Early Signs of Delayed Language Development in Children

Children who are learning how to speak are always a joy to the community. While some kids pick up new words and mimic them easily, others may have a harder time saying words or they may appear to have difficulty understanding what elders are saying.


While some children don’t learn how to say long words until they’re over a year old, it could be worrying for parents if their kid is still babbling after turning one. At this point, Kid Sense Child Development – speech therapy may be recommended by language experts. If you’re still unsure of how it works, below are some early signs that your child’s speech may be delayed and therapy is required.


Not Babbling at Age 1


If your child does not babble or make “talking” sounds at the age of one, it could be a sign that speech is delayed. On the other hand, not every form of language delay requires therapy. For some children, one or two more months of waiting can bring out the babbling sounds that you’re looking for. If the baby still does not babble after 14 months, it may be best to consult with a Kid Sense Child Development – speech therapy specialist so you know what can be done to help boost your child’s language learning.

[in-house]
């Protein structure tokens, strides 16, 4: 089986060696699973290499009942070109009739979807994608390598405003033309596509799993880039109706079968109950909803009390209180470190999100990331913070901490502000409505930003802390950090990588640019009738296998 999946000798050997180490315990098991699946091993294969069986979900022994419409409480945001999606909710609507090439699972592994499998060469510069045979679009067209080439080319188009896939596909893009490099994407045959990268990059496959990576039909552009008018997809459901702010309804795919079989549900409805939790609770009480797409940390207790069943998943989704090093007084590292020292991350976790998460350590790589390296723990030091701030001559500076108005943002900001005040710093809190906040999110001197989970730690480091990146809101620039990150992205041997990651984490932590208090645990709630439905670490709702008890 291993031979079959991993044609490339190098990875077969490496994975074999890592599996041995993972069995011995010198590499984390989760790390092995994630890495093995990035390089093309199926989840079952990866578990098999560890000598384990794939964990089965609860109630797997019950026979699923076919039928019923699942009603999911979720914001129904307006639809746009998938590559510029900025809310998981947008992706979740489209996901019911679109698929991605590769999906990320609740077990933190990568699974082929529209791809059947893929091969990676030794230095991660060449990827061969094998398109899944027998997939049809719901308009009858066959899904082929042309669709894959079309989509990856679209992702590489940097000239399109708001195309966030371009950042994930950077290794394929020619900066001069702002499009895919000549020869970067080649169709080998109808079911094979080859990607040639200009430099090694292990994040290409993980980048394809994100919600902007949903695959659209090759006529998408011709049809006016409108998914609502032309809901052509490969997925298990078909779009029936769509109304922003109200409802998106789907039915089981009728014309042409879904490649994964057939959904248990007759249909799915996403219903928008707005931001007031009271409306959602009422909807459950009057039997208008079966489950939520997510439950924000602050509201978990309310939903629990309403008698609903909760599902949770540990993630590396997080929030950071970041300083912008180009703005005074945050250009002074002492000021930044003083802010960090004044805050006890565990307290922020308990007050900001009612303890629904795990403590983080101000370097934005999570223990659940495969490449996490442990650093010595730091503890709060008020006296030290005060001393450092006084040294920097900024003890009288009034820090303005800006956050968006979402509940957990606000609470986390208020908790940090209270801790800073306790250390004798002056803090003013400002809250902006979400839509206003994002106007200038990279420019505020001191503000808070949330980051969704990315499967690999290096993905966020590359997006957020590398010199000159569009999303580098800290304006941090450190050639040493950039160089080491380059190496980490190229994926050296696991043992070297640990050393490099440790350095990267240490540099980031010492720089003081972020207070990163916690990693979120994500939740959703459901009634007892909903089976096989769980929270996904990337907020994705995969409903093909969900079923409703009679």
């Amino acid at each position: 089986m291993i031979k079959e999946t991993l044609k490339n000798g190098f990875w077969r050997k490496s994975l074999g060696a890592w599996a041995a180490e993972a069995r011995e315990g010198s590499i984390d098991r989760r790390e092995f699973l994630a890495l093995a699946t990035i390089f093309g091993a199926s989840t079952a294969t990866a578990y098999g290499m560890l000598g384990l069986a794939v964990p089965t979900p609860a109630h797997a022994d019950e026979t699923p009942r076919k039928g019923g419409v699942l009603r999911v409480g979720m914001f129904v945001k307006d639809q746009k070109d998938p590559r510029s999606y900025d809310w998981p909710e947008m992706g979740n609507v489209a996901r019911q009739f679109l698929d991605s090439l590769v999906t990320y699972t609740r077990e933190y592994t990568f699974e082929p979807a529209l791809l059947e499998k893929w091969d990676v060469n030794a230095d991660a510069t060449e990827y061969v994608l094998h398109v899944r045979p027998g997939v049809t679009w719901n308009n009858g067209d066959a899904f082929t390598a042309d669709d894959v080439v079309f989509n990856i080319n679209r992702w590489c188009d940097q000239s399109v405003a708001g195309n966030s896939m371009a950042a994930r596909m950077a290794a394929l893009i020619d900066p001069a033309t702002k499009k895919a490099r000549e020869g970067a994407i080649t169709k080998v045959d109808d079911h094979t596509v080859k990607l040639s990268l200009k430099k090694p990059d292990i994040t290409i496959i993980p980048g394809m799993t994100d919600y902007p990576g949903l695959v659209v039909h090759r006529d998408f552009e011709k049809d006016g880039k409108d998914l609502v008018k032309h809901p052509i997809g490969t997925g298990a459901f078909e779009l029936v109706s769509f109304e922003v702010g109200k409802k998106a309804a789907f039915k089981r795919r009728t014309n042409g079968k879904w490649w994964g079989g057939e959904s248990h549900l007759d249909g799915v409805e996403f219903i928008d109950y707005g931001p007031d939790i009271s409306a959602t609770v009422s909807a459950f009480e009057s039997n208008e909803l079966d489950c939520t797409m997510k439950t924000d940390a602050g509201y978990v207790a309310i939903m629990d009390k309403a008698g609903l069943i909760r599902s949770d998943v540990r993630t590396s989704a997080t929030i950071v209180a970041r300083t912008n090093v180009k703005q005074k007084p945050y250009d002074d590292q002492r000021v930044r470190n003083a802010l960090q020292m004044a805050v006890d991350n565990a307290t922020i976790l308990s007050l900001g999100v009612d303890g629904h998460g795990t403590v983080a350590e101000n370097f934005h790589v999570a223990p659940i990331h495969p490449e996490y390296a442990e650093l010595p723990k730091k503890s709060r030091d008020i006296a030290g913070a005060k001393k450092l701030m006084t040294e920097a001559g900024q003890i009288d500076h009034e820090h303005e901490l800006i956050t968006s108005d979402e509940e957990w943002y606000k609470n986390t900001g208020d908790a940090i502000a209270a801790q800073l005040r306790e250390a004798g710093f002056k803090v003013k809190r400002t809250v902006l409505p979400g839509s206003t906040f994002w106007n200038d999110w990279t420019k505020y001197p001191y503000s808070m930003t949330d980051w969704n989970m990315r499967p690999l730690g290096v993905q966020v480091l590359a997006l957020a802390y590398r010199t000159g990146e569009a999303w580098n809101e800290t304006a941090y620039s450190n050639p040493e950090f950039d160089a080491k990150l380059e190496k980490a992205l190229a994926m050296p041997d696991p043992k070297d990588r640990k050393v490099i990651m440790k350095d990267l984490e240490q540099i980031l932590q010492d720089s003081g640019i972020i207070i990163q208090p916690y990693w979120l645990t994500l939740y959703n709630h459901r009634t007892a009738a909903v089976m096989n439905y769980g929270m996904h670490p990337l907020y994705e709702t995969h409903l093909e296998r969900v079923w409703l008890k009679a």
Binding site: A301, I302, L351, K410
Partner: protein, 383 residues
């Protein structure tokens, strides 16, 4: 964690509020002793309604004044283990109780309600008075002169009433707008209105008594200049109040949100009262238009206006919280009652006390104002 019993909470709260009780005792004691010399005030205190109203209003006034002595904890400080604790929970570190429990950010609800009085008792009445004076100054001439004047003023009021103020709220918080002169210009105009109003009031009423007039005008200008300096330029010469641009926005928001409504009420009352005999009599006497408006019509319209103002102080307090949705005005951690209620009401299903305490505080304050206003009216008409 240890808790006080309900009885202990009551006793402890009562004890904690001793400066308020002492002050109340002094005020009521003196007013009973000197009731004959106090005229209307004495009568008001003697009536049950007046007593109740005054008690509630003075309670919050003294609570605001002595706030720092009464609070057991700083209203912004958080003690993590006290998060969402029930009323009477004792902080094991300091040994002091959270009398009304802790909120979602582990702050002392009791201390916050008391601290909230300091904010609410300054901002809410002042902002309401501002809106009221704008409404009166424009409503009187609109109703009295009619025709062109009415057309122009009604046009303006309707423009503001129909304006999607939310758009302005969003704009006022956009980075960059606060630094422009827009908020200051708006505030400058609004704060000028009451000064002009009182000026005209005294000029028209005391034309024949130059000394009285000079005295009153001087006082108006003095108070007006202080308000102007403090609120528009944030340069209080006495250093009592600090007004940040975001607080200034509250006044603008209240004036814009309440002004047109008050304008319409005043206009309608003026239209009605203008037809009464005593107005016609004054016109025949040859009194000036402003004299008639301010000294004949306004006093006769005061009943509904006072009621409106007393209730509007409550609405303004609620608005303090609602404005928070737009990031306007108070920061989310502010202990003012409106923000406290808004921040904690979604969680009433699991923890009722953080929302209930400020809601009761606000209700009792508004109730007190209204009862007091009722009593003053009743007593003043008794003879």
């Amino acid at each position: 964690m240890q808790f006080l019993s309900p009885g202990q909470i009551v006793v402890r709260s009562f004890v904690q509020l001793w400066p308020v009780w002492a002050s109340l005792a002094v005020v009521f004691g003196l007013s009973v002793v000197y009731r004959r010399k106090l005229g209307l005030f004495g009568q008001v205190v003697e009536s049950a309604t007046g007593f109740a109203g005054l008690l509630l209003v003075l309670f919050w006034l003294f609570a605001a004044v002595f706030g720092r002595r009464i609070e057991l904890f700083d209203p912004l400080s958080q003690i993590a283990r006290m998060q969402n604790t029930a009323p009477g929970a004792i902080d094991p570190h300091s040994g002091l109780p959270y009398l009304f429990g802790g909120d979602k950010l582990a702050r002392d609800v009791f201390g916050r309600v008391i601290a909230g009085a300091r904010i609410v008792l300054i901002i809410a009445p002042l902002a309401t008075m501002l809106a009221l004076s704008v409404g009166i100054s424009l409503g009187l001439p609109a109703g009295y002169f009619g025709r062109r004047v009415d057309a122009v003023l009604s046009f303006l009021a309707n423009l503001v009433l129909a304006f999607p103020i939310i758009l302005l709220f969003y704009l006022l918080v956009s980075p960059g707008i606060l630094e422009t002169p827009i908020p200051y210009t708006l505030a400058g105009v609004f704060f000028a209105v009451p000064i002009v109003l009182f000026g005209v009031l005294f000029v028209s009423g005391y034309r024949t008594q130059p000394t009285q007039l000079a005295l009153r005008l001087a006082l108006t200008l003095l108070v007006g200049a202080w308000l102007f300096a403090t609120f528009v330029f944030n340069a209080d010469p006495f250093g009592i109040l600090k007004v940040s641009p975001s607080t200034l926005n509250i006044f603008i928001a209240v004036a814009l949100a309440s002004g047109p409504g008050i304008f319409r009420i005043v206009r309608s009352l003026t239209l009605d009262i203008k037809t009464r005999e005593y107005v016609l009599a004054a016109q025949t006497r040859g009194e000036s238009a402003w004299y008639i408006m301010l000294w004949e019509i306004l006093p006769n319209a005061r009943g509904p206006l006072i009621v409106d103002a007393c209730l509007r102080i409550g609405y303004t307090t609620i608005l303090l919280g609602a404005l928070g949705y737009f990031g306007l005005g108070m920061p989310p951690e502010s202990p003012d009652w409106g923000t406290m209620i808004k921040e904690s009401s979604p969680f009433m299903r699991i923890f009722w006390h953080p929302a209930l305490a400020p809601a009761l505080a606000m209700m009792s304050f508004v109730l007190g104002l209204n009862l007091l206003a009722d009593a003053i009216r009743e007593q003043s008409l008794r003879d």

Cannot Name Common Objects


Between one and two years of age, a child usually names everyday objects such as ball, dog, Mommy, Daddy, and the likes. If your kid cannot say common words correctly, you can speak with a speech therapy expert and describe how regular conversations go in the home. Sometimes, the environment can also affect language delay in children. This is why many doctors encourage parents to “talk” to their kids normally – without baby talking – to help with the learning process.



Not Interested


While some children may show a lack of attention, it is sometimes uncommon for kids 12 months or older to ignore what their parents are saying. If your child appears to be uninterested in lively songs and colourful toys, it could be a sign of speech delay.


It is worth noting, though, that more straightforward forms of language delay are temporary and can be resolved through constant conversations with the child. Whether your child’s language issues seem trivial or more serious, it is best to consult with a speech therapist so you will know what you can do to help with your child’s treatment.


Speech therapy experts will work with your child on various techniques such as tongue and jaw exercises as well as facial massages. Most often than not, your child will undergo feeding therapy to strengthen oral cavity functions.


The duration of speech therapy sessions varies but rest assured that your child’s therapist will record progress and make appropriate recommendations for your child’s condition. Contact an expert today and know more about effective ways to encourage conversations with your kid at home.